The New York Times
July 1, 2020
3 Art Gallery Shows to Explore From Home
Jillian Steinhauer

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Galleries and museums are getting creative about presenting work online during the coronavirus crisis. Here are three shows worth viewing virtually.

Thaddeus Mosley’s “Inclination,” from 2003, walnut.

Through July 24. Karma, 188 and 172 East Second Street, Manhattan; 212-390-8290,karmakarma.org (open by appointment).

Let me start with a disclaimer: Thaddeus Mosley’s sculptures are not best viewed virtually. Their hand-carved textures, beguiling balance of shape and form, and commanding presence don’t translate to digital images. But images are what we have (for now: art galleries, including Karma, have begun to reopen by appointment). And they give us an opportunity to meditate on his vital work.

Mr. Mosley, 93, began teaching himself to carve in the 1950s, inspired by displays of Scandinavian design. He continued while working a day job for the post office. A 1966 solo show at the Carnegie Museum of Art in Pittsburgh led to interest from New York galleries, but he “told them no,” he explained in an interview. Mr. Mosley has spent his life and career rooted in Pittsburgh and the surrounding area, where he sources the wood for his art.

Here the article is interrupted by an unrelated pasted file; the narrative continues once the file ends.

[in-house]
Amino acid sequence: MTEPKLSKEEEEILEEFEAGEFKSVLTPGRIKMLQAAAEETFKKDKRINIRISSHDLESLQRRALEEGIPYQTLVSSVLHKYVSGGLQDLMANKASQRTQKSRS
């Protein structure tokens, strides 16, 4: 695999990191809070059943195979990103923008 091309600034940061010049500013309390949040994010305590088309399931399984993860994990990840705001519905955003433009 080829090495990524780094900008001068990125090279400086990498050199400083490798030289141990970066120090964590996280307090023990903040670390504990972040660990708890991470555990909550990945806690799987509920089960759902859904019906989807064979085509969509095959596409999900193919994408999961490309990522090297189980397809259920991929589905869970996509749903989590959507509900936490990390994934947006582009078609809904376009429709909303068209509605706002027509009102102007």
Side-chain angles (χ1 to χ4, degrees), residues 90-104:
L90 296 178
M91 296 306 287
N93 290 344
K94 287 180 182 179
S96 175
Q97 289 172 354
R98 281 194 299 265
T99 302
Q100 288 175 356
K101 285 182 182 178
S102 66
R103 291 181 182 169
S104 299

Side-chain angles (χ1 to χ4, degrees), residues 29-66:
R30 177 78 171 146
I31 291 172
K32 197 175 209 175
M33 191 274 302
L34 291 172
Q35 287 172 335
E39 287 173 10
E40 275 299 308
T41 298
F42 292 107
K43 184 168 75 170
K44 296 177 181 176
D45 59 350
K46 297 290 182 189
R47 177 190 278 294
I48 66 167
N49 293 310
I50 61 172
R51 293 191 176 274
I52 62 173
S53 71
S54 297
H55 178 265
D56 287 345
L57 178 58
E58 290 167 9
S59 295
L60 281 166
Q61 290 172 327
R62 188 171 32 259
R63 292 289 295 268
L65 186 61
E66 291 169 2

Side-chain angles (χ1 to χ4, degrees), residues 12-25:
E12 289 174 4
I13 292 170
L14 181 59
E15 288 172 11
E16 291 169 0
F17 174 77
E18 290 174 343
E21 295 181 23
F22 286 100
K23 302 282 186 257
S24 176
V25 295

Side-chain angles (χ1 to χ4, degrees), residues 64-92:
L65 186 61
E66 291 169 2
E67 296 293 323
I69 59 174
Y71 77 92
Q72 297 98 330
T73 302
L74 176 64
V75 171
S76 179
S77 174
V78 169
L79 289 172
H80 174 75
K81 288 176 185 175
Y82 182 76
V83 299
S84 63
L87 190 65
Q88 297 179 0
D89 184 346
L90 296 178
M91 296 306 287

The exhibition, online as well as at Karma’s two locations, features 23 sculptures that both embrace and transcend their material. Taken as a whole, the most populous display looks like a forest, with the works’ grooves and marks recalling tree bark. Upon closer study, each one unfolds as a complex assembly of interlocking pieces, which sometimes, as in “Inclination” (2003), seem to defy gravity. Forms emerge — a gun in “Propelled Simulation” (2001), a pair of figures facing off in “Geometric Plateau” (2014) — remain suggested more than definitive. Mr. Mosley creates objects that feel natural yet mysterious, like handmade totems embedded with metaphysical knowledge.